Johnson’s column would have been observed by some of Bredenkamp’s neighbours on the fashionable stockbroker belt near Sunningdale golf course. It was into this establishment of civilised, supposedly gentle English society that Bredenkamp was attempting to ingratiate himself, but he should have known better. In that strange, deceptive place, it was blood and birthright, not money or fear, that commanded influence and popularity.
Allied to class and culture complexities were the metastasizing claims of arms dealing at a point where Britain’s involvement in the Iraq invasion was under intensified legal and moral scrutiny. Worse still to come were revelations that summarised the poisonous, clandestine world of gun running fraught with duplicity: in Iraq, the limbs of British soldiers were being blown off by landmines that were once suspected to be the property of Her Majesty’s Armed Forces. Critics accused Bredenkamp of moving in these middle shadows, but, just like the UN investigation into the pillaging of the DRC, his name was never officially acknowledged.
We dare speak a truth loathed by lavishly funded NGOs or brazenly marxist aid agencies. Like Victor Bout in Liberia and the arms deal in South Africa, Bredenkamp helped shatter an illusion beloved by Hollywood and bi-coastal Democrat elites. In the most grotesquely patronising way, they believed African liberation movements were inherently forces for good, determined to improve the lives of the peaceful, smiling subjugated. Bredenkamp knew otherwise. Perhaps most importantly, he knew how to appeal to instinct and work within its scope. One man alone doesn’t start wars in the DRC or crush squatter camps with bulldozers or kidnap young women from their schools. That is only accomplished by a way of thinking, something that flourished before John Bredenkamp, and will long survive the likes of Billy Rautenbach and Fana Hlongwane.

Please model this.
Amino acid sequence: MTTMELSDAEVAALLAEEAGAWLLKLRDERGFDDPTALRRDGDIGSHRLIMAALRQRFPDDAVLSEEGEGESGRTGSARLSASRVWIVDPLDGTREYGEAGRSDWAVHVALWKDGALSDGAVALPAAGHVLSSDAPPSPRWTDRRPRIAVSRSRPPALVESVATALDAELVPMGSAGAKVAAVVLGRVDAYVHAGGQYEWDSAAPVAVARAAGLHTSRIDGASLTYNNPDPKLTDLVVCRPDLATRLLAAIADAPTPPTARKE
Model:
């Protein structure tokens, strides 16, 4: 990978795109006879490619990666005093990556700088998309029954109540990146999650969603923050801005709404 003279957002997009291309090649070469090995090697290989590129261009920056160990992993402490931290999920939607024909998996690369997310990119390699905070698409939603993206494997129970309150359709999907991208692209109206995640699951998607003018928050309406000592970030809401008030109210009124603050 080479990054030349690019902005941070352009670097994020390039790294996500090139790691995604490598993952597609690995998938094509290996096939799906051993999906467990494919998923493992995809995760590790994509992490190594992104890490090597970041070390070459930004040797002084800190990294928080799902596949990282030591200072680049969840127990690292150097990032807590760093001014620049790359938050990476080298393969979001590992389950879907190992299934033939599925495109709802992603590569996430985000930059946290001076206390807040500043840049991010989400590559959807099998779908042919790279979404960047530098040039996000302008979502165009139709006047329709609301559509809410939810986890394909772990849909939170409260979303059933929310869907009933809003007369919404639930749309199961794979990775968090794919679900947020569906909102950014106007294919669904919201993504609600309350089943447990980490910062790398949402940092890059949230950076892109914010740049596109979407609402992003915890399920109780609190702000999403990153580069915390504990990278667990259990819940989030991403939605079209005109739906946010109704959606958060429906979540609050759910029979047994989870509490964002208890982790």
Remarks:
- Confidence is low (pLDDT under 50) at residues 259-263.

Today’s most fashionable movements, ever growing in popularity, seek the dismantling of the family as a key political objective. Given the timing, perhaps we should see all Bredenkamp’s controversies, all allegations of immorality, all the limbs amputated, homes destroyed and all the other potential consequences of diminishing the central feature of peaceful life through that one day in Selukwe, remembering the end of the second verse of WH Auden’s “September 1, 1939”:
“I and the public know
What all schoolchildren learn,
Those to whom evil is done
Do evil in return.”
- Simon Lincoln Reader works and lives in London. You can follow him on Medium.